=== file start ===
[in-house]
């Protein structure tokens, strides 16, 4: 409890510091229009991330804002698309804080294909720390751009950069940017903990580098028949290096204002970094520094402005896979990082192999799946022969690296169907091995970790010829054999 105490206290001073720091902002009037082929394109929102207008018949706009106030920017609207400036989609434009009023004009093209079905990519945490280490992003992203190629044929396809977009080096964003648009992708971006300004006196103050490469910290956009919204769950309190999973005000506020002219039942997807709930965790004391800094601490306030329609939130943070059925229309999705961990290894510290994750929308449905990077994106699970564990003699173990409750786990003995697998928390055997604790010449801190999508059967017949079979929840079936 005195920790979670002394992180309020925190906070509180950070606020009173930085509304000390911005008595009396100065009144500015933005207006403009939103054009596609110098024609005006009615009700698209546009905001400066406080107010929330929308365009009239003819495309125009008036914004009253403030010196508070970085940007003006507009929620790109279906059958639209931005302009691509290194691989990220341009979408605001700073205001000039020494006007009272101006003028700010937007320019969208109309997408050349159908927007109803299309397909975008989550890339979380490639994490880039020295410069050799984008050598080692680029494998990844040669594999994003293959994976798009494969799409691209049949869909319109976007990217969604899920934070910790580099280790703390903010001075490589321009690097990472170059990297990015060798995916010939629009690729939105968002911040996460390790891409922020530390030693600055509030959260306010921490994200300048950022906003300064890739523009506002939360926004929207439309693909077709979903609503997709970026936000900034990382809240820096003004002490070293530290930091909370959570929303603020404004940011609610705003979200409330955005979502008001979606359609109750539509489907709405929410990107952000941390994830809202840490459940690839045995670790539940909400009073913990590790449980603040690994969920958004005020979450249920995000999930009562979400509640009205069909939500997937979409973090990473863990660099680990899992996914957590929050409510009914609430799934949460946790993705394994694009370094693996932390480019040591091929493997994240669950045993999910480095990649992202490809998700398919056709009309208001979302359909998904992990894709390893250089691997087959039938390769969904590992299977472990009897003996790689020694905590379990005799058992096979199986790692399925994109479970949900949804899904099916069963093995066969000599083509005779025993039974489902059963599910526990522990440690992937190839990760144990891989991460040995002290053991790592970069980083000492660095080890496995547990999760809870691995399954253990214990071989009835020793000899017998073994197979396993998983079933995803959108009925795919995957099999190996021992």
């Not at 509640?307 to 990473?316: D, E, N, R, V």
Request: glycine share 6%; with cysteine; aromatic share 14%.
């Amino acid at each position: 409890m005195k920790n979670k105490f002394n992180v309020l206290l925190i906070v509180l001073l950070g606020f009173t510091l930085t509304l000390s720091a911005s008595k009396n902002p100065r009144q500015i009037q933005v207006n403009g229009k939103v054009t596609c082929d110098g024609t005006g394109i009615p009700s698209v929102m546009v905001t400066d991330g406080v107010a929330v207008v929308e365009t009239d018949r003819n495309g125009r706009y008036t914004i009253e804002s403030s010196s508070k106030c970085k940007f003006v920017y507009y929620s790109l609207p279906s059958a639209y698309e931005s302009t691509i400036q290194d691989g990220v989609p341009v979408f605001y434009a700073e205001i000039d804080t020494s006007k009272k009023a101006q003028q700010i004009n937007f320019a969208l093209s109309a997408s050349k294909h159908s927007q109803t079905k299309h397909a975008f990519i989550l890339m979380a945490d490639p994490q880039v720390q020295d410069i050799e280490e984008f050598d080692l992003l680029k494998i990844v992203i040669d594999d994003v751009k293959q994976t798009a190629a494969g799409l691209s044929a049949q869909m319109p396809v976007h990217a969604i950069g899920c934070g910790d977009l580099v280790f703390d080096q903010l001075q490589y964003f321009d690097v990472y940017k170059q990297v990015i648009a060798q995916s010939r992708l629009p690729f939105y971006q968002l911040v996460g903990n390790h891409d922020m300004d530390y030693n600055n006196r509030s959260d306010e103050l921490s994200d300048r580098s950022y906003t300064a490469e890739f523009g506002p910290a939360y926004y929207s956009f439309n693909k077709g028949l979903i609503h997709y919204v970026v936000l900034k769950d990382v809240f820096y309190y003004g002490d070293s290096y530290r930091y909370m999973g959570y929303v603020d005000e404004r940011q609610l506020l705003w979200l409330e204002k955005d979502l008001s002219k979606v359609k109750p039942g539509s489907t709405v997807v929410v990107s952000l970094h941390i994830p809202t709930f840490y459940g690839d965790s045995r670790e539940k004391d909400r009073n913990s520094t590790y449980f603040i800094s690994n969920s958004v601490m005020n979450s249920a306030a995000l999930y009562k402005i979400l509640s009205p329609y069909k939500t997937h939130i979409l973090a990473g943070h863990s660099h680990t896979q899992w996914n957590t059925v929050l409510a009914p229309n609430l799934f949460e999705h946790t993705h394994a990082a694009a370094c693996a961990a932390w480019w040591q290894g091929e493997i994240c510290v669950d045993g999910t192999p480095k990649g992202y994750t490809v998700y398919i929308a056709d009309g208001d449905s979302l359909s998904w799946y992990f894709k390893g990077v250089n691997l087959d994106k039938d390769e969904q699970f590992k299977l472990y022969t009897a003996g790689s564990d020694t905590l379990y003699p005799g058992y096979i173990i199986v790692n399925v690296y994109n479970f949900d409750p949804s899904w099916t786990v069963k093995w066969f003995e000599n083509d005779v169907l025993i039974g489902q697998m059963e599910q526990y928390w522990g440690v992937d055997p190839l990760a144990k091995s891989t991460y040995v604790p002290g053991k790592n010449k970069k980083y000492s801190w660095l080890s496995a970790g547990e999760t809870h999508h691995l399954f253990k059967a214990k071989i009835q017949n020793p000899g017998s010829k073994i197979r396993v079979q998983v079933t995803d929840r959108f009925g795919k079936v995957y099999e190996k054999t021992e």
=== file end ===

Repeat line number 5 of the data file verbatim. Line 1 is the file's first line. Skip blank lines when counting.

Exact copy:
């Amino acid at each position: 409890m005195k920790n979670k105490f002394n992180v309020l206290l925190i906070v509180l001073l950070g606020f009173t510091l930085t509304l000390s720091a911005s008595k009396n902002p100065r009144q500015i009037q933005v207006n403009g229009k939103v054009t596609c082929d110098g024609t005006g394109i009615p009700s698209v929102m546009v905001t400066d991330g406080v107010a929330v207008v929308e365009t009239d018949r003819n495309g125009r706009y008036t914004i009253e804002s403030s010196s508070k106030c970085k940007f003006v920017y507009y929620s790109l609207p279906s059958a639209y698309e931005s302009t691509i400036q290194d691989g990220v989609p341009v979408f605001y434009a700073e205001i000039d804080t020494s006007k009272k009023a101006q003028q700010i004009n937007f320019a969208l093209s109309a997408s050349k294909h159908s927007q109803t079905k299309h397909a975008f990519i989550l890339m979380a945490d490639p994490q880039v720390q020295d410069i050799e280490e984008f050598d080692l992003l680029k494998i990844v992203i040669d594999d994003v751009k293959q994976t798009a190629a494969g799409l691209s044929a049949q869909m319109p396809v976007h990217a969604i950069g899920c934070g910790d977009l580099v280790f703390d080096q903010l001075q490589y964003f321009d690097v990472y940017k170059q990297v990015i648009a060798q995916s010939r992708l629009p690729f939105y971006q968002l911040v996460g903990n390790h891409d922020m300004d530390y030693n600055n006196r509030s959260d306010e103050l921490s994200d300048r580098s950022y906003t300064a490469e890739f523009g506002p910290a939360y926004y929207s956009f439309n693909k077709g028949l979903i609503h997709y919204v970026v936000l900034k769950d990382v809240f820096y309190y003004g002490d070293s290096y530290r930091y909370m999973g959570y929303v603020d005000e404004r940011q609610l506020l705003w979200l409330e204002k955005d979502l008001s002219k979606v359609k109750p039942g539509s489907t709405v997807v929410v990107s952000l970094h941390i994830p809202t709930f840490y459940g690839d965790s045995r670790e539940k004391d909400r009073n913990s520094t590790y449980f603040i800094s690994n969920s958004v601490m005020n979450s249920a306030a995000l999930y009562k402005i979400l509640s009205p329609y069909k939500t997937h939130i979409l973090a990473g943070h863990s660099h680990t896979q899992w996914n957590t059925v929050l409510a009914p229309n609430l799934f949460e999705h946790t993705h394994a990082a694009a370094c693996a961990a932390w480019w040591q290894g091929e493997i994240c510290v669950d045993g999910t192999p480095k990649g992202y994750t490809v998700y398919i929308a056709d009309g208001d449905s979302l359909s998904w799946y992990f894709k390893g990077v250089n691997l087959d994106k039938d390769e969904q699970f590992k299977l472990y022969t009897a003996g790689s564990d020694t905590l379990y003699p005799g058992y096979i173990i199986v790692n399925v690296y994109n479970f949900d409750p949804s899904w099916t786990v069963k093995w066969f003995e000599n083509d005779v169907l025993i039974g489902q697998m059963e599910q526990y928390w522990g440690v992937d055997p190839l990760a144990k091995s891989t991460y040995v604790p002290g053991k790592n010449k970069k980083y000492s801190w660095l080890s496995a970790g547990e999760t809870h999508h691995l399954f253990k059967a214990k071989i009835q017949n020793p000899g017998s010829k073994i197979r396993v079979q998983v079933t995803d929840r959108f009925g795919k079936v995957y099999e190996k054999t021992e």